Of course, this can really be said about all cats. But you have to consider if your Ragdoll is vocalizing more than normal. Anytime a cat is hungry, they’re going to let you know about it. Other than batting you upside the head with a paw or two, it’s the only way they can.

However, with a Ragdoll, everything is wrapped up in what you’re doing. So while a standard house cat may meow loudly in the kitchen as you go about your day elsewhere, A Ragdoll is going to follow you around and meow.

They’ll meow outside of your shower. Next to your bed, under your feet, as you brush your teeth. Or outside the bathroom door as you use the restroom. 

But, instead of the distant meowing of a hungry cat. You’ll get an “in your face” meow until you dump some food in that bowl.

Your Ragdoll is Frustrated

Perhaps you’re on the back porch, and the door is closed. So your Ragdoll has a door between you and it. They will often let off a fairly rapid series of meows just out of pure frustration. And it doesn’t have to just be a separation from you that causes it. 

A Ragdoll will meow because it is frustrated that normal mealtime has come and gone with no food. That you won’t let it follow you around. Or if there is a particular toy that it no longer has access to. 

Many things can frustrate and get your Ragdoll to start vocalizing. While a meowing, frustrated Ragdoll isn’t a frequent thing. It can happen if it gets blustered enough to let you know about it.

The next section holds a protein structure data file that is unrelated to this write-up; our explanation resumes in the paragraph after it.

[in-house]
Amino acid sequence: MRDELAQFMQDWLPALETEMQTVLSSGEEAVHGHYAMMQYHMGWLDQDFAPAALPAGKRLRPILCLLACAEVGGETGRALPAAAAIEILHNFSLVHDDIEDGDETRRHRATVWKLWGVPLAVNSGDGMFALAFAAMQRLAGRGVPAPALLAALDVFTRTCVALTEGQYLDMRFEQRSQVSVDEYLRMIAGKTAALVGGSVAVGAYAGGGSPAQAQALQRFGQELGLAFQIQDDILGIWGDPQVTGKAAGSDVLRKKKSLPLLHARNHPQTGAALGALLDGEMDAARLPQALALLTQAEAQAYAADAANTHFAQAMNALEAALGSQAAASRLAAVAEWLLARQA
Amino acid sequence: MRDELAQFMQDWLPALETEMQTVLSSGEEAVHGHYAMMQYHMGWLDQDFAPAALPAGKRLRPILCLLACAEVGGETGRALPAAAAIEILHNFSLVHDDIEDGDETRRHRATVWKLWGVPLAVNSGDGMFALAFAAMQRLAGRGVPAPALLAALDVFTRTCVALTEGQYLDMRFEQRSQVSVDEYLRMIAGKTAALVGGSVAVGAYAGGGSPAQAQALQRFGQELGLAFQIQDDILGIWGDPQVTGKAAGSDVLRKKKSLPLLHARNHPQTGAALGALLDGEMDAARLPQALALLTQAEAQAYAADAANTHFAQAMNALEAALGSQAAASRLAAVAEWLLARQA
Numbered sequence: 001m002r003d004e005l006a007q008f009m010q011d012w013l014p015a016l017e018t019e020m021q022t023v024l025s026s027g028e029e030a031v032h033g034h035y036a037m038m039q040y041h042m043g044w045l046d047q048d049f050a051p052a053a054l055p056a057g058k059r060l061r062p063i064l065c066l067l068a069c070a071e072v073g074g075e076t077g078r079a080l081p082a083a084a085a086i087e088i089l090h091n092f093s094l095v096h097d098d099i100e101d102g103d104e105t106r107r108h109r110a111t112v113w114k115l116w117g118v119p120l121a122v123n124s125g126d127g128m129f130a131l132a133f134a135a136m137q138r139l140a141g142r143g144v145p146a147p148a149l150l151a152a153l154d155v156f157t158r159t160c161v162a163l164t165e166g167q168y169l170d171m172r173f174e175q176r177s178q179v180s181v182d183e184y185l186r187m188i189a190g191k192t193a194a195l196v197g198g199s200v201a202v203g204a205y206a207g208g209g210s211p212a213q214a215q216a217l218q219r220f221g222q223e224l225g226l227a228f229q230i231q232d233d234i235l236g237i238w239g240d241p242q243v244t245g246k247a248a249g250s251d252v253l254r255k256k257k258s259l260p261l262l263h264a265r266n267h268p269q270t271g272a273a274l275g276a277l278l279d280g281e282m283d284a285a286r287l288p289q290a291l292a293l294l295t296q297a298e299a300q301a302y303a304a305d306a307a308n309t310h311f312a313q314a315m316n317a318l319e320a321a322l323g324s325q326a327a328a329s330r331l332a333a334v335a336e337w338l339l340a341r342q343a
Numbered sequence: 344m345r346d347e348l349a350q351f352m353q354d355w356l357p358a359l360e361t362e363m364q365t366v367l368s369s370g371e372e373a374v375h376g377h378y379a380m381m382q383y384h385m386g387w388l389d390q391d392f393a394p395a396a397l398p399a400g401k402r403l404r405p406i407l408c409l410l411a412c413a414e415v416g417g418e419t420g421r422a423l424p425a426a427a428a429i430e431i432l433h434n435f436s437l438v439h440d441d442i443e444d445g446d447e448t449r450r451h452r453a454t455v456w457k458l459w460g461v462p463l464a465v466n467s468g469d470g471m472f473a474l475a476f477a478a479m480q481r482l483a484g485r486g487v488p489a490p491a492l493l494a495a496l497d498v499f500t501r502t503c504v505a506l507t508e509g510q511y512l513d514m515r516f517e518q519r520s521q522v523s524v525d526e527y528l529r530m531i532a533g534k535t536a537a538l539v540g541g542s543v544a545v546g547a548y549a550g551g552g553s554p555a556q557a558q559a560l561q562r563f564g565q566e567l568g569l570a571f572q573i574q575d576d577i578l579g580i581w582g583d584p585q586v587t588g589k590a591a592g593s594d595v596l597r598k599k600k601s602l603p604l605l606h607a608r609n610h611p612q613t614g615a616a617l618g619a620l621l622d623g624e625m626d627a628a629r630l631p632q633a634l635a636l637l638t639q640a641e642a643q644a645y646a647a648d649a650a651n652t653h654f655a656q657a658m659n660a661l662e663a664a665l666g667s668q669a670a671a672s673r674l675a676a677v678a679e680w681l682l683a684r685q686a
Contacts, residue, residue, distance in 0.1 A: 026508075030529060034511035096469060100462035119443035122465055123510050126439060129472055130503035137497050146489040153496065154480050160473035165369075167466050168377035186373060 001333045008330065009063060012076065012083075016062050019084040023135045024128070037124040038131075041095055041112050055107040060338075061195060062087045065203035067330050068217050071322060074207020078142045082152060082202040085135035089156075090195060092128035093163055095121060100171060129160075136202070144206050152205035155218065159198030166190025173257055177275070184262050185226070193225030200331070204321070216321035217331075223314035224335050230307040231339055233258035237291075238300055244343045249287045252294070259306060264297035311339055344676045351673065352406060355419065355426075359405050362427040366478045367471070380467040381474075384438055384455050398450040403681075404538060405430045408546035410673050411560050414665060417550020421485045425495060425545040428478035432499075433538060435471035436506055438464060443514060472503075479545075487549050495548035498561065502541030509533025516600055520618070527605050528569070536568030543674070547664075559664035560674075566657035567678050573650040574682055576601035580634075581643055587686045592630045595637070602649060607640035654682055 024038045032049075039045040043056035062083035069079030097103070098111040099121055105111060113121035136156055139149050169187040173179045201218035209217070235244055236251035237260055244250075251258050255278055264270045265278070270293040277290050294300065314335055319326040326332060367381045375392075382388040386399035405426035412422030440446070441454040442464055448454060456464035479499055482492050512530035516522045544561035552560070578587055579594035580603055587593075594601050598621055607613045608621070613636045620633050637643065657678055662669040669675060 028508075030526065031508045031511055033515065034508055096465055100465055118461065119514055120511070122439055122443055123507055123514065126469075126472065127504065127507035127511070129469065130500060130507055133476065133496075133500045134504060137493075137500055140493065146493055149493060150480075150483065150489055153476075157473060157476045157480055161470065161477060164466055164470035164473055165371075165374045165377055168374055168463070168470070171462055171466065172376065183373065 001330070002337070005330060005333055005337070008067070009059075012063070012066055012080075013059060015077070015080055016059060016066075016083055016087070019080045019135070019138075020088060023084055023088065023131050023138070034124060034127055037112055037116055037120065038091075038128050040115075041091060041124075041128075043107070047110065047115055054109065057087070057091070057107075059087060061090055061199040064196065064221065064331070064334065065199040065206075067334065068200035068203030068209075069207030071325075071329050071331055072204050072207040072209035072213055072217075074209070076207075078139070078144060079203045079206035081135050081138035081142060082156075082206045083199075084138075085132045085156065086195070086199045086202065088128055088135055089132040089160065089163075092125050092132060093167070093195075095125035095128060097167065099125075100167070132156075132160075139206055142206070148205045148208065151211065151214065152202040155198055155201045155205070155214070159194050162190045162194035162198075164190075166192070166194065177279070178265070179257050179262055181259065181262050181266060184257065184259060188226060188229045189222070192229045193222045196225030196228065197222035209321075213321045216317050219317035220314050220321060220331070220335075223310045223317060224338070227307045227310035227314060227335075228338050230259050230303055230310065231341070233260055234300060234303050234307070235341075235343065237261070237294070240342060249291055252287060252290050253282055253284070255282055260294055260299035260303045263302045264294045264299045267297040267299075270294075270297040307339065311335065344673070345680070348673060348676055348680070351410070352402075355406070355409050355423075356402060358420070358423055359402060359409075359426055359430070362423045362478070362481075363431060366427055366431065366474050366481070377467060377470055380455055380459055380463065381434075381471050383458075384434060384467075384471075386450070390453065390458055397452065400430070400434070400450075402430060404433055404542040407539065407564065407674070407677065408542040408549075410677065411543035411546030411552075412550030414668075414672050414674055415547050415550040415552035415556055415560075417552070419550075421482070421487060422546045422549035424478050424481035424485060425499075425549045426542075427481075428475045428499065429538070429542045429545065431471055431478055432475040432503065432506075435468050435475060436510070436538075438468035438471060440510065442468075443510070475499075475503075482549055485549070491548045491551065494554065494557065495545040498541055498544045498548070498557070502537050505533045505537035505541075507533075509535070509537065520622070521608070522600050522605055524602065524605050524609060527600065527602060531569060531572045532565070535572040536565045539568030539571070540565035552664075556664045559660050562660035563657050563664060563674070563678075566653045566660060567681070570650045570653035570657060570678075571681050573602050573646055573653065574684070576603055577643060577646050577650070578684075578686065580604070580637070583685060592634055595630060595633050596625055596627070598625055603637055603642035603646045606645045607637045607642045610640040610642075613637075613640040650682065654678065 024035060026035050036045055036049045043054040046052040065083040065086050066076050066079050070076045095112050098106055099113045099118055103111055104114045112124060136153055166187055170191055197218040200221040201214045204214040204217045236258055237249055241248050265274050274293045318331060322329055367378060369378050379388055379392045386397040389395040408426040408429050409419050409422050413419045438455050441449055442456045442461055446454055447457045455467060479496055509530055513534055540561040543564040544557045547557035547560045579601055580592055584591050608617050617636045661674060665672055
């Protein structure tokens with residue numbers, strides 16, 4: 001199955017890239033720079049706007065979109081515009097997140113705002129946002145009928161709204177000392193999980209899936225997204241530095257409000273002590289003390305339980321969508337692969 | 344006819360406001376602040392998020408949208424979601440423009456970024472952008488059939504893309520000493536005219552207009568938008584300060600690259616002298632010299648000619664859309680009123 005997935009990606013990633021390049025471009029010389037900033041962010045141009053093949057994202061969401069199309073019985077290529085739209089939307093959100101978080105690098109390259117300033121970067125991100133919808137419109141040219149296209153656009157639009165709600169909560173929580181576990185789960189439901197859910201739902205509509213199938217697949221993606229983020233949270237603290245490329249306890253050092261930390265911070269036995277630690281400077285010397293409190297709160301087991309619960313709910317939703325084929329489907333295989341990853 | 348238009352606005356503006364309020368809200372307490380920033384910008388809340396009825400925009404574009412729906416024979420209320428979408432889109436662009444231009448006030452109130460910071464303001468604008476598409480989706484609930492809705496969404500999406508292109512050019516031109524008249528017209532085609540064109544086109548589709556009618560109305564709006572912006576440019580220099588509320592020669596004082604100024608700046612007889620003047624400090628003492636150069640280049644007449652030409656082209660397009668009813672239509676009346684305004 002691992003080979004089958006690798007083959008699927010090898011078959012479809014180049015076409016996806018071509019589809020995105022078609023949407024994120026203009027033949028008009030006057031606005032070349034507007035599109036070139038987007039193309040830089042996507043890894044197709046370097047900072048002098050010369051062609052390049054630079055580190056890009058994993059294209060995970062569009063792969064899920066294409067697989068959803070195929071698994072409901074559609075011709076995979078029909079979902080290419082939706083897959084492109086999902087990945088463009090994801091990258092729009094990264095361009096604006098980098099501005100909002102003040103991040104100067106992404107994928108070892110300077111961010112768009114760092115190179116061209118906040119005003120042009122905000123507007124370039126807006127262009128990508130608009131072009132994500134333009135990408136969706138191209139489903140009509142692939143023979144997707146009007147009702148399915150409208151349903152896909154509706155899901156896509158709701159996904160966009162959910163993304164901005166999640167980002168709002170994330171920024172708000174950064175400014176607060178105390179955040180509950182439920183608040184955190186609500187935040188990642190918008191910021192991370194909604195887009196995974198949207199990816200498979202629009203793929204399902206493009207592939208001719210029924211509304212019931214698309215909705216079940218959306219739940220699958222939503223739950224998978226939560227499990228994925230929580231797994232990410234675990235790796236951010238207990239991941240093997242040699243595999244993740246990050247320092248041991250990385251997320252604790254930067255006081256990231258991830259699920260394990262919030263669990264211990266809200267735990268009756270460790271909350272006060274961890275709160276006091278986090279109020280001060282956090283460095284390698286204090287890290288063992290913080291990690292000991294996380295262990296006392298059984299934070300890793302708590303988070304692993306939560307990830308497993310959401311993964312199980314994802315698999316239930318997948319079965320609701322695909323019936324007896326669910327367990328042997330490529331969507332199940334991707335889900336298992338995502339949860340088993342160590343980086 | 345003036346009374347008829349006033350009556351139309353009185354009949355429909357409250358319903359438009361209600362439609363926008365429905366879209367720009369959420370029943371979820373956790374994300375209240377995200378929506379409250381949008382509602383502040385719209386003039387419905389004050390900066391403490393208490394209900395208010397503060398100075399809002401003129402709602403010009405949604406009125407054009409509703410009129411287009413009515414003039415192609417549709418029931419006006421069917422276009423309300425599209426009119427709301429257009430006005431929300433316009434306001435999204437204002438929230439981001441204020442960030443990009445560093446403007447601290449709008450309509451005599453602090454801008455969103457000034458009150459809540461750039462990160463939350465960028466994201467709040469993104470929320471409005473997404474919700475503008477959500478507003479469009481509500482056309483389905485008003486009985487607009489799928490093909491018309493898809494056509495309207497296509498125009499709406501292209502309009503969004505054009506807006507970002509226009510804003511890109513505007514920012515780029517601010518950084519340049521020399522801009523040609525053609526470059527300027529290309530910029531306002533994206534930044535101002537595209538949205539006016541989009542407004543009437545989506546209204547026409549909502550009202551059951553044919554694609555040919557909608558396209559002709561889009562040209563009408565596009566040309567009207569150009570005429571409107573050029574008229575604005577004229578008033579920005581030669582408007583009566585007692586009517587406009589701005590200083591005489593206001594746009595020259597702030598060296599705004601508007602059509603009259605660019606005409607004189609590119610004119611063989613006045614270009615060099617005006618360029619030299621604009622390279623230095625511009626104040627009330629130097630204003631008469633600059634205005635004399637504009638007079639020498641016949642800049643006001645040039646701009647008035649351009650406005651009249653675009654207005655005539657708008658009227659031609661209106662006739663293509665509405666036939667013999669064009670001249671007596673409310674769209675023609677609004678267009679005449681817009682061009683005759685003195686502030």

Of course, if a Ragdoll cat is hurt or hurting. It will undoubtedly meow about it to let you know, and if you can’t find any other reason for your cat to meow like this, or if it’s unusual for your Ragdoll, you’ll want to check it for injury.

  • Changes in your Ragdolls breathing
  • Lethargic (no longer following you around)
  • Any apparent change in behavior
  • Limping around
  • No longer eating
  • Diarrhea or vomiting
  • Loses a lot of weight or gains a lot of weight quickly
  • Eye and nose discharge

These are all things that you should immediately report to your vet. 

Unless the cat is in an emergency situation, call first, as your vet can advise you whether or not it is worth coming in. However, a sudden and ongoing change is definitely an emergency, so don’t hesitate.

Lethargic behavior may be more challenging to assess since Ragdolls are notoriously laid-back, almost lazy cats who love to lay around a cat nap on your lap.